In a lead-up to the launch, all sectors and key non-government organisations were provided with briefings on the release of the reports. A key part of the briefings was linked to the media training program that used the release of the stock reports as a case study (see Lights, camera, action: the seafood industry meets the media).

Food media targeted

Following the Mackay release of the Status of key Australian fish stocks reports the FRDC hosted a lunchtime briefing with key food media representatives, chefs and seafood wholesalers at Bondi’s The Bucket List.

The restaurant was chosen because of head chef Tom Walton’s interest in sustainability. His philosophy is to source sustainable seafood for the restaurant, but he recently contacted the FRDC about the difficulty of finding a single source of reliable information.

FRDC communications manager Peter Horvat said it was important to ensure the food industry, chefs and media were aware of key information sources such as the stock status reports.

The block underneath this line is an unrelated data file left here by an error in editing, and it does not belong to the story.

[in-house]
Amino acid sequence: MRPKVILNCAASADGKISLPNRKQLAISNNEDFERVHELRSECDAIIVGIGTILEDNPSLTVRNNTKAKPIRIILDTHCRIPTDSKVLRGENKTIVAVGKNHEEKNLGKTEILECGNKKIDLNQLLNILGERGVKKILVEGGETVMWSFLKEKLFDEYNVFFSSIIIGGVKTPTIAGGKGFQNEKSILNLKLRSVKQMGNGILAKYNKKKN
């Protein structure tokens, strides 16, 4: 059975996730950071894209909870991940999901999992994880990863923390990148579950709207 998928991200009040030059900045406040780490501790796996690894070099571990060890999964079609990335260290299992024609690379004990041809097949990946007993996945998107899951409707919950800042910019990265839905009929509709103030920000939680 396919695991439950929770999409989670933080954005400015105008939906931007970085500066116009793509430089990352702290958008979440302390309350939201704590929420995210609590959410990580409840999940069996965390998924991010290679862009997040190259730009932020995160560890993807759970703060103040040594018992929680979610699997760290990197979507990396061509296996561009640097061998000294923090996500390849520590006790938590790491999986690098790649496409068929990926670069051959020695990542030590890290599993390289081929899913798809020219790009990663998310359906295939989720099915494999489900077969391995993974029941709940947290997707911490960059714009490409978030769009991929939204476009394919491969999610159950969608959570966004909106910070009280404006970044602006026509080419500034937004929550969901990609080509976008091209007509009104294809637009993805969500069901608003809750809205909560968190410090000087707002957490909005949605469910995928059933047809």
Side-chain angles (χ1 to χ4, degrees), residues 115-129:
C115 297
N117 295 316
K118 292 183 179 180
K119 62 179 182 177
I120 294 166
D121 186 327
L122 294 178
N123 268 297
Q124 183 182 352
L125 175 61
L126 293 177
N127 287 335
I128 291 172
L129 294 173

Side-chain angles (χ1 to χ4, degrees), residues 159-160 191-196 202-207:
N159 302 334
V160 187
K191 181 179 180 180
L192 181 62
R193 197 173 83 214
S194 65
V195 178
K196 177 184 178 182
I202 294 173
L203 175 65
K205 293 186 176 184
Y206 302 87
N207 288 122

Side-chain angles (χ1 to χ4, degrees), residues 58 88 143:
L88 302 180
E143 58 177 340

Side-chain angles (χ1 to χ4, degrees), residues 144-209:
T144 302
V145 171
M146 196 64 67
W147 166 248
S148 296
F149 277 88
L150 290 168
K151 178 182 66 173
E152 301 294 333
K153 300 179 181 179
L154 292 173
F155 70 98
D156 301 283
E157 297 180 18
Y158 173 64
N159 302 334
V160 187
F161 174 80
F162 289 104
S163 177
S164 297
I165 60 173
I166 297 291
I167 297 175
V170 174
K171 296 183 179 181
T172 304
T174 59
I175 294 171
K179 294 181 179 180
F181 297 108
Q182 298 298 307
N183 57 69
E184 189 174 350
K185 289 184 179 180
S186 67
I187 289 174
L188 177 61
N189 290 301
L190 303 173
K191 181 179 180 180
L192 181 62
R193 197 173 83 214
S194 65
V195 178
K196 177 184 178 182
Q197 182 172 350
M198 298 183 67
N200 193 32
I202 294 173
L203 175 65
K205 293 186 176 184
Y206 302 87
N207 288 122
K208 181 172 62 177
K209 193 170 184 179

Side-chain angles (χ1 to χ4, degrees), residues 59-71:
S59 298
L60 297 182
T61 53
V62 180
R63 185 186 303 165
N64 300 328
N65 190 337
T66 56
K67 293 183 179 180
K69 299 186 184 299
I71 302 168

“We know the number one request is for simple information in one location. The reports aim to provide this,” he said.

To highlight the information in the reports, and the ease of accessing it, quick response (QR) codes that can instantly connect smartphones to linked web pages were printed on each menu at the luncheon briefing, allowing attendees to quickly look up information on relevant species.

“We would really like to see widespread use of the QR codes in restaurants and at retail outlets to highlight the availability of the information as well as the information itself. Both will promote the accountability of the industry and of seafood as a sustainable meal choice,” Peter Horvat said.